Systematicity is a property of cognition where capacity for certain cognitive abilities implies capacity for certain other (structurally related) cognitive abilities. This property is thought to derive from a capacity to represent/process common structural relations between constituents of cognizable entities, however, systematicity may not always materialize in such admissible contexts. A theoretical challenge is to explain why systematicity fails to materialize in contexts that allow the realization (e.g., by induction) of common structure (universal construction). We hypothesize that one cause of failure arises when the potential gain afforded by induction of common structure is overshadowed by the immediate benefit of learning the task as independent stimulus-response associations. This hypothesis was tested in an experiment that required learning two series of pair maps that involved products (universal construction), or non-products (control) of varied size: the number of unique cue/target elements (three to six) constituting pairs. Each series was learned in either ascending or descending order of size. Only performance on the product series was affected by order: systematicity was obtained universally in the descend group, but only on large sets in the ascend group, as revealed by the significant order × size interaction for errors in the product condition, F (3, 87) = 3.38, p < 0.05. Smaller maps are more easily learned without inducing the common product structure, which is more readily observable with larger maps: larger maps provide more evidence for relationships between stimulus dimensions that facilitate the discovery of the common structure. The new challenge, then, is to explain the systematic learnability of stimulus-response maps, i.e., second-order systematicity.

  16. Why Are There Failures of Systematicity? The Empirical Costs and Benefits of Inducing Universal Constructions

    PubMed Central

    Phillips, Steven; Takeda, Yuji; Sugimoto, Fumie

    2016-01-01

    Systematicity is a property of cognition where capacity for certain cognitive abilities implies capacity for certain other (structurally related) cognitive abilities. This property is thought to derive from a capacity to represent/process common structural relations between constituents of cognizable entities, however, systematicity may not always materialize in such admissible contexts. A theoretical challenge is to explain why systematicity fails to materialize in contexts that allow the realization (e.g., by induction) of common structure (universal construction). We hypothesize that one cause of failure arises when the potential gain afforded by induction of common structure is overshadowed by the immediate benefit of learning the task as independent stimulus-response associations. This hypothesis was tested in an experiment that required learning two series of pair maps that involved products (universal construction), or non-products (control) of varied size: the number of unique cue/target elements (three to six) constituting pairs. Each series was learned in either ascending or descending order of size. Only performance on the product series was affected by order: systematicity was obtained universally in the descend group, but only on large sets in the ascend group, as revealed by the significant order × size interaction for errors in the product condition, F(3, 87) = 3.38, p < 0.05. Smaller maps are more easily learned without inducing the common product structure, which is more readily observable with larger maps: larger maps provide more evidence for relationships between stimulus dimensions that facilitate the discovery of the common structure. The new challenge, then, is to explain the systematic learnability of stimulus-response maps, i.e., second-order systematicity. PMID:27630596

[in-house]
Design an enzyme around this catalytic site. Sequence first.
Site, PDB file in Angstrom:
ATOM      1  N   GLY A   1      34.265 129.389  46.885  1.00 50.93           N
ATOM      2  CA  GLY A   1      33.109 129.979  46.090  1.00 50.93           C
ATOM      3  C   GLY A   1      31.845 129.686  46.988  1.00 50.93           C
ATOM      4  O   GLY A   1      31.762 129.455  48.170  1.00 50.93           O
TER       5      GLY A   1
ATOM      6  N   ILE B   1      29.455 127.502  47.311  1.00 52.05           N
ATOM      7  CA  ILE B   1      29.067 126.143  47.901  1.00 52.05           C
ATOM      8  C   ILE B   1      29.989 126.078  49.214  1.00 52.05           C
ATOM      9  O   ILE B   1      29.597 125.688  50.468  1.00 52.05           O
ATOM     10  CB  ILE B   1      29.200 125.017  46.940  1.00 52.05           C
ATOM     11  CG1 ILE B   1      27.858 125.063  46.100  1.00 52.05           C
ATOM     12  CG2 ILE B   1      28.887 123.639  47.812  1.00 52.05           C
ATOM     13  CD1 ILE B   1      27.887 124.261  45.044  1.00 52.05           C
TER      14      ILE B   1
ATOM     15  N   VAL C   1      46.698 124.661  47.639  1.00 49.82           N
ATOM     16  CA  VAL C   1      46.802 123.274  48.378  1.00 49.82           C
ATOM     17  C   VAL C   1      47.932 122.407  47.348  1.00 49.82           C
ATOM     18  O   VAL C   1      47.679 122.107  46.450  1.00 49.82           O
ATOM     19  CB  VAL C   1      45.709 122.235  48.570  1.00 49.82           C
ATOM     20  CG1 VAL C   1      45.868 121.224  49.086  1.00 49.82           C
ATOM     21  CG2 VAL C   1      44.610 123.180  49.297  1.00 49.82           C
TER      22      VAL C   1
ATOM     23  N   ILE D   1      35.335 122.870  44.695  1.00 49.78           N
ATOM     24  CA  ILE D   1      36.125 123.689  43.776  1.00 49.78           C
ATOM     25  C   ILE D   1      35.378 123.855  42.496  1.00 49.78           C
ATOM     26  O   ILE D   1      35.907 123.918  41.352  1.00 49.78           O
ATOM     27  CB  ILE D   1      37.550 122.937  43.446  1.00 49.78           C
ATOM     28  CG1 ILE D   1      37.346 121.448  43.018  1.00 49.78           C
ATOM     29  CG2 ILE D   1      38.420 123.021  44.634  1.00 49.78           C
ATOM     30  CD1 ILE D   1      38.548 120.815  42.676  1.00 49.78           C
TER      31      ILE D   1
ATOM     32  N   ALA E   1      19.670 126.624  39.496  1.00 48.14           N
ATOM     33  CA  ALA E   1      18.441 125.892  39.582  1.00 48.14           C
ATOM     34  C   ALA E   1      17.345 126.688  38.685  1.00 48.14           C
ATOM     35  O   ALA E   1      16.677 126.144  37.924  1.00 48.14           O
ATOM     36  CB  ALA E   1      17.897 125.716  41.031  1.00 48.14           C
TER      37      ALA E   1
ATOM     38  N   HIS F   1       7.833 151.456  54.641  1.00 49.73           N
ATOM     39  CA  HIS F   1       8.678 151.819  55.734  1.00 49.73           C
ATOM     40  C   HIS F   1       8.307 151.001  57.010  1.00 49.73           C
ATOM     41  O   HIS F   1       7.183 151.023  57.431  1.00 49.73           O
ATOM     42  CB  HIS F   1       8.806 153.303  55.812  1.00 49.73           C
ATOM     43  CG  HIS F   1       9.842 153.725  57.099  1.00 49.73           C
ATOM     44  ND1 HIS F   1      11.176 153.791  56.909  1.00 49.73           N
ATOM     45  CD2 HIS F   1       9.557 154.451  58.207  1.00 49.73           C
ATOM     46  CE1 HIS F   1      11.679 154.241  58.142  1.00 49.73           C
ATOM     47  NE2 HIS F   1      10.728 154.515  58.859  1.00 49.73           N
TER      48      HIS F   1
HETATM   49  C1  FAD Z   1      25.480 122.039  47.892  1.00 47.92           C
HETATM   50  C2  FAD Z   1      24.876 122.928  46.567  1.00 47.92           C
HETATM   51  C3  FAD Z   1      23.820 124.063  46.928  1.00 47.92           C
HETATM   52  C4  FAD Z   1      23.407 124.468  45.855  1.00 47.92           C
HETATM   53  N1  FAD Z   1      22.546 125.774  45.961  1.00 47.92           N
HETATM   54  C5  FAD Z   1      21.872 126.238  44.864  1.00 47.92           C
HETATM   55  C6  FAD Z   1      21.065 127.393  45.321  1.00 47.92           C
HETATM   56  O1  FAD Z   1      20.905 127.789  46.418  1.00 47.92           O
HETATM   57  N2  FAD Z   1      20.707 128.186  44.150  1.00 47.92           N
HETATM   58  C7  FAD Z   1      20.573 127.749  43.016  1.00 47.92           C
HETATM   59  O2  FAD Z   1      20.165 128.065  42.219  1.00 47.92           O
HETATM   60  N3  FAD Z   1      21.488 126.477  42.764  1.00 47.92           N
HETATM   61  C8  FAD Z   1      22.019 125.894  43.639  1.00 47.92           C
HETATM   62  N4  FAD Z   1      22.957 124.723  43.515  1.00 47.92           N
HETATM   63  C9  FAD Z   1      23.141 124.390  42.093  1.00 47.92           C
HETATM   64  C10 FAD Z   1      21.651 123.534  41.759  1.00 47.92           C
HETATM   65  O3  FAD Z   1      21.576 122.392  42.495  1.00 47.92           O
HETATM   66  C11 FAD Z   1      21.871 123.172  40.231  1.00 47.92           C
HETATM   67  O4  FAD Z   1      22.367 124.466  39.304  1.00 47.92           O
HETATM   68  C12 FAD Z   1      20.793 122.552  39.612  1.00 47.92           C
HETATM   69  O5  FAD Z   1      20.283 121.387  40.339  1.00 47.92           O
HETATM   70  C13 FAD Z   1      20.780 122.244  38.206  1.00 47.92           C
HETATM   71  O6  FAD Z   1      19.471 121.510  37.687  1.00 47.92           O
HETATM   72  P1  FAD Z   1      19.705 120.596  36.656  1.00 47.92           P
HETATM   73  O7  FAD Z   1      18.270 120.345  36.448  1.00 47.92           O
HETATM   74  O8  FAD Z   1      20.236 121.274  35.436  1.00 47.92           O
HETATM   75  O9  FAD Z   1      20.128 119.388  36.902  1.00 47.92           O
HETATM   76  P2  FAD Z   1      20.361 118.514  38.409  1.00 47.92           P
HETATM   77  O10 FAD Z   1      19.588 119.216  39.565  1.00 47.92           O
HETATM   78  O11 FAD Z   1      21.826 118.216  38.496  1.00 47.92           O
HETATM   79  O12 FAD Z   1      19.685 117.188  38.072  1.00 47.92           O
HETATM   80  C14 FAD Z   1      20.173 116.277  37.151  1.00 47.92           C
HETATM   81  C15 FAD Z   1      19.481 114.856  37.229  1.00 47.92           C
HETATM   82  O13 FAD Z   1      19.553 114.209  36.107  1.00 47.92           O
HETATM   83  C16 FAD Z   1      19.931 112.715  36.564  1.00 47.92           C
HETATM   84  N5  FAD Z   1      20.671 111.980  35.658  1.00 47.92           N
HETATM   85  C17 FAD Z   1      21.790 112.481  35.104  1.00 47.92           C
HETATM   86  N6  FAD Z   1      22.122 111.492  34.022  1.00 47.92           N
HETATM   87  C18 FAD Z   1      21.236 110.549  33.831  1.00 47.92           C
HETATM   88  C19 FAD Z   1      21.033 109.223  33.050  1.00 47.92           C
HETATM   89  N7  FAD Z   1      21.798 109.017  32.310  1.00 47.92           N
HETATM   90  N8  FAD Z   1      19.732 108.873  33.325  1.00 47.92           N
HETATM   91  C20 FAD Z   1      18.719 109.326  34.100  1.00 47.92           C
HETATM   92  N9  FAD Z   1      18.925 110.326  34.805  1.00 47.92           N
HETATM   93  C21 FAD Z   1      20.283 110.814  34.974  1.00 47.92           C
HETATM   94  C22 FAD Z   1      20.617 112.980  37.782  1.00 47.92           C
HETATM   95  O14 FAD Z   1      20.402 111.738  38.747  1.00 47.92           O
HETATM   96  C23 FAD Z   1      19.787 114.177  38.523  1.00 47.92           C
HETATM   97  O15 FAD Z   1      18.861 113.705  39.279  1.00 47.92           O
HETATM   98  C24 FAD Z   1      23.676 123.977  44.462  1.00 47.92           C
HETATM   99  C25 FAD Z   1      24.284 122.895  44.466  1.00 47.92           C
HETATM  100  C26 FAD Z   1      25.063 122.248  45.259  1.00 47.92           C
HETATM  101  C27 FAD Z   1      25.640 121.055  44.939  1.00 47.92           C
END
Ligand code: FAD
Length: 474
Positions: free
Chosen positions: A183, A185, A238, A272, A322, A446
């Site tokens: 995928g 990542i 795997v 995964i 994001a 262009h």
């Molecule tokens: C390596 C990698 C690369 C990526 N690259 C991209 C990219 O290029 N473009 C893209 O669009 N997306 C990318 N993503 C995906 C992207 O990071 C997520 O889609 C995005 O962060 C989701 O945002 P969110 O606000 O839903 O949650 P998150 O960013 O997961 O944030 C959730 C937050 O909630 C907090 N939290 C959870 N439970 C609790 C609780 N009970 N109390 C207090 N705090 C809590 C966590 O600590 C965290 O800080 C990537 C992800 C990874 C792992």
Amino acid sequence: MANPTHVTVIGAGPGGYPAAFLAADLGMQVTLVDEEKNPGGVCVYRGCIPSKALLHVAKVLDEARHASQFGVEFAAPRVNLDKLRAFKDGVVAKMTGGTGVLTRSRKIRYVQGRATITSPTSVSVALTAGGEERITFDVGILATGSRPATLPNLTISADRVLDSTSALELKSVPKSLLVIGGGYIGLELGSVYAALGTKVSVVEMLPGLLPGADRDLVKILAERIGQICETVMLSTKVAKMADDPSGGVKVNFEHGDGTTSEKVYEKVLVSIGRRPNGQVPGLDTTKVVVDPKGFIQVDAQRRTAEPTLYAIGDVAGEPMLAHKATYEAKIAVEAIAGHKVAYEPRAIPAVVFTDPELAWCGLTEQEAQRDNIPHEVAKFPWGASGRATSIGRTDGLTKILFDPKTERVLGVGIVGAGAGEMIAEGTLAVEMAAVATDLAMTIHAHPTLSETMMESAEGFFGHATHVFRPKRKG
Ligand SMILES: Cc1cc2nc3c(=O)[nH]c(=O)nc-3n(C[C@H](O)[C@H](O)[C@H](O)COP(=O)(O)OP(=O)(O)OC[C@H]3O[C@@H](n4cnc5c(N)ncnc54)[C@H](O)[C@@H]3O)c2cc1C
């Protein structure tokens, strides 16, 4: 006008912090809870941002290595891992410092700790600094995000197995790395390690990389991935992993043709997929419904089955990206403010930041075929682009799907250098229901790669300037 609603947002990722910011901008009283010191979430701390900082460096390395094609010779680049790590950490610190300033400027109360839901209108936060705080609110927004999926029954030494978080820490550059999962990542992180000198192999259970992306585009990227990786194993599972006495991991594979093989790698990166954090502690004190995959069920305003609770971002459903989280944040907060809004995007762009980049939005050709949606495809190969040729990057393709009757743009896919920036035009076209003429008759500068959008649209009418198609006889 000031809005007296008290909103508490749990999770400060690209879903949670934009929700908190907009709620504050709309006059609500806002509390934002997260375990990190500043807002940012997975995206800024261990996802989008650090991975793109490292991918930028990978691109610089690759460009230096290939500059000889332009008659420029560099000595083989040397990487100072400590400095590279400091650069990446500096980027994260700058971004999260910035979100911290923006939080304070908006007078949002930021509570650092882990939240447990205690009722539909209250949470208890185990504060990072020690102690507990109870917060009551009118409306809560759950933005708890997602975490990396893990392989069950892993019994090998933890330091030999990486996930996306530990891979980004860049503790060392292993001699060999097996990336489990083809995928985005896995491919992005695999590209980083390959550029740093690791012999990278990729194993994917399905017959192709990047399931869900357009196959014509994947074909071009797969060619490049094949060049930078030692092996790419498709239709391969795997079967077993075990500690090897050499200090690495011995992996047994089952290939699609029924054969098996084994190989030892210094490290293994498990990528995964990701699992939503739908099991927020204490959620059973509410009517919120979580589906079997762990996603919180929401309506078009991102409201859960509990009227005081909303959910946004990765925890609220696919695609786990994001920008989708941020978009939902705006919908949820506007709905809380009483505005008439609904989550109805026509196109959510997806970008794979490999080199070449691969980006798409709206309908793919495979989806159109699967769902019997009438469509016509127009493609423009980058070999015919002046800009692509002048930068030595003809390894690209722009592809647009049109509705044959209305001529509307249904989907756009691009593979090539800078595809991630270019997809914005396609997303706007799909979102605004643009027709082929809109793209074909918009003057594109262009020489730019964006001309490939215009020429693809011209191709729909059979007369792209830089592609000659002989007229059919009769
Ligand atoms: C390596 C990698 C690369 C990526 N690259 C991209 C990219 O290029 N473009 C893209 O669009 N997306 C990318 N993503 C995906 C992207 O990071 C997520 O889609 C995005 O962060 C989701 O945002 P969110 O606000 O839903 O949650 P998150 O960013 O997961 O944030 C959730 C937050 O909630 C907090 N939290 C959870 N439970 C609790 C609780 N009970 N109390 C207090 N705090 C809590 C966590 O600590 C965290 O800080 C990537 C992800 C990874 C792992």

17. Validation of a low-cost modified technique for constructing tissue microarrays for canine mammary tumor analysis.

    PubMed

    Silva, Franciele Basso Fernandes; Leite, Juliana da Silva; de Mello, Marcela Freire Vallim; Ferreira, Ana Maria Reis

    2016-09-01

    Compared with conventional histological paraffin blocks, tissue microarray (TMA) represents a "high-throughput tool" that provides rapid results, a time- and cost-effective approach and simultaneous investigation of several tissue samples under the same conditions. Given the large number of cases of dogs affected with mammary tumors, the complexity of these tumors and their similarity with breast cancer in women, this study aimed to validate a low-cost modified method to construct TMAs for canine mammary tumor analysis using immunomarkers. Carcinoma cases were selected from canine mammary carcinomas in mixed tumors (CMT) because this tumor type is the most heterogeneous among the histopathological types of mammary tumors observed in female dogs. Through a histopathological examination, tumor representativity was compared between conventional sections and histological sections obtained from the TMA block; both were stained with hematoxylin and eosin. An immunohistochemistry analysis was performed to compare the percentages of immunoreactive cells obtained in whole tissue sections versus those obtained from sections from the TMA block. Streptavidin-biotin peroxidase complex and anti-PCNA, anti-vimentin and anti-pancytokeratin antibodies were used. Statistical analysis consisted of the nonparametric Friedman's test (p≤0.05) and descriptive statistical analysis. Histopathological analysis showed tumor representativity in all TMA cores selected for the study. There was no difference between the immunohistochemical analysis of mammary tumors using conventional histological sections or sections obtained from a single 1-mm-diameter TMA core, regardless of the marker used: PCNA (p=0.279), pancytokeratin (p=0.243) and vimentin (p=0.967). The results did not change even when the means of any number of cores were compared among each other and with the conventional histological section: PCNA (p=0.413), pancytokeratin (p=0.177) and vimentin (p=1.0). Therefore, this study